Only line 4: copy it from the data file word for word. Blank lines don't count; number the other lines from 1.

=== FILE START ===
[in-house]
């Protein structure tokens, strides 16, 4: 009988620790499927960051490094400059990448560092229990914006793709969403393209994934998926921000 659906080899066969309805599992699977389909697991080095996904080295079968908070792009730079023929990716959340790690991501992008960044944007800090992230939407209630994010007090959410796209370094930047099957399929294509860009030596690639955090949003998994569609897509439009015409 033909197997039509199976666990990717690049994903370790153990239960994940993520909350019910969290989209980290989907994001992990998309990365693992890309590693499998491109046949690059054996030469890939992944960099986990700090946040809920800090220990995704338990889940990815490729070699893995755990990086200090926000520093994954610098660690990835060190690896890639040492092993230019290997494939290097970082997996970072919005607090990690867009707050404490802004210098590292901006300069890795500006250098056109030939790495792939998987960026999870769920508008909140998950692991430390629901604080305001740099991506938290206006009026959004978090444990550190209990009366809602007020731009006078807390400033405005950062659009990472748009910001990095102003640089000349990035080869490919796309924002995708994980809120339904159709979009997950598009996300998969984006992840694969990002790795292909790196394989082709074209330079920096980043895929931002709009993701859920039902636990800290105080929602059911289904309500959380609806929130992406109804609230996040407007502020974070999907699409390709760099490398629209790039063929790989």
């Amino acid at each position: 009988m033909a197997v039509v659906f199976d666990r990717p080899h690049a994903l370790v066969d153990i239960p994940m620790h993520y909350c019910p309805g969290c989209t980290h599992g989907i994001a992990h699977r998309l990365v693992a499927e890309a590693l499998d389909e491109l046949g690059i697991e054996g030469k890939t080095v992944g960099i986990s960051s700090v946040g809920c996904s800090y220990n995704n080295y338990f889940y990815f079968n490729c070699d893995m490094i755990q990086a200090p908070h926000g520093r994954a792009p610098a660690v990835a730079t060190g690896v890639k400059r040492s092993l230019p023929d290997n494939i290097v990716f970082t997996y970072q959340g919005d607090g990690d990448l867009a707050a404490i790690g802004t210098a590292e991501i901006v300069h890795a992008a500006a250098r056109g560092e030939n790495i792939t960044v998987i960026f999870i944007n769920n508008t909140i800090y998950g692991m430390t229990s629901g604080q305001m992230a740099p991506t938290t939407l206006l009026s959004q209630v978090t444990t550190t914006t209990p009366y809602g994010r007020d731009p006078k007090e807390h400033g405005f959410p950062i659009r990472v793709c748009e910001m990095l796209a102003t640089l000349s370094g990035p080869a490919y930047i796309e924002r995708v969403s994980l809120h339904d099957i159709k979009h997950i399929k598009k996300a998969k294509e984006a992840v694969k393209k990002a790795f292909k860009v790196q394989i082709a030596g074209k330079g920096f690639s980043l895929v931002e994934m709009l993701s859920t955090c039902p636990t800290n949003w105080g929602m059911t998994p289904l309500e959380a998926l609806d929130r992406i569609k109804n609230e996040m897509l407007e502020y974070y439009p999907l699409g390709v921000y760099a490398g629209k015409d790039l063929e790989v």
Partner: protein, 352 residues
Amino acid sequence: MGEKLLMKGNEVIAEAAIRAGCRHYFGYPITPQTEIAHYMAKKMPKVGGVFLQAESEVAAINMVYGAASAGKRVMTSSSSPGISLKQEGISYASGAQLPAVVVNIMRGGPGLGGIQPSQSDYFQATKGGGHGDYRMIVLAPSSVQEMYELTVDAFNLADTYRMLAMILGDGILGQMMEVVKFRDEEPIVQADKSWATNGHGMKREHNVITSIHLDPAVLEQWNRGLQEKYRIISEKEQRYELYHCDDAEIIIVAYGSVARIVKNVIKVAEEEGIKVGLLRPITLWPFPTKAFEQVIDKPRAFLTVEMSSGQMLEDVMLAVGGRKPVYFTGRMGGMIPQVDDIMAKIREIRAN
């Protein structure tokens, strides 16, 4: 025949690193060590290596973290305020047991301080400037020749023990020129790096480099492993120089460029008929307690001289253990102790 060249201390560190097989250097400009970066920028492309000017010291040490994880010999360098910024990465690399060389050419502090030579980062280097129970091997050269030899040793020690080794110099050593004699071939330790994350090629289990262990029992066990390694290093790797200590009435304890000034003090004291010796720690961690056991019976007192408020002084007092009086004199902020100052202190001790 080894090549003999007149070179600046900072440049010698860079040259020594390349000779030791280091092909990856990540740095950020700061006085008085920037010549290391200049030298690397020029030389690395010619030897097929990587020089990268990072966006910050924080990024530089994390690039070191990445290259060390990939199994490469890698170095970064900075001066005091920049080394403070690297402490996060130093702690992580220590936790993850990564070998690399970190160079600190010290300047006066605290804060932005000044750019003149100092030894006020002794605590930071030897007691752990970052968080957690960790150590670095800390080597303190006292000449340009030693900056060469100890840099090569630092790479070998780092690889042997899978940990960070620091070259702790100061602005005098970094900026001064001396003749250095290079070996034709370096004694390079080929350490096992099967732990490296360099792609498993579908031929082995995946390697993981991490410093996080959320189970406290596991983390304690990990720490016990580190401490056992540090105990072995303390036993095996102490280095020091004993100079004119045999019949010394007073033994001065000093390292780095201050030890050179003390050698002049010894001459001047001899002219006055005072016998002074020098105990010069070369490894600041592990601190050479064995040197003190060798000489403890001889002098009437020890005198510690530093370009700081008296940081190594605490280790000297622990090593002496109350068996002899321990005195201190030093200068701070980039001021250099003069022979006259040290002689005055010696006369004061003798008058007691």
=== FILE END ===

Partner: protein, 352 residues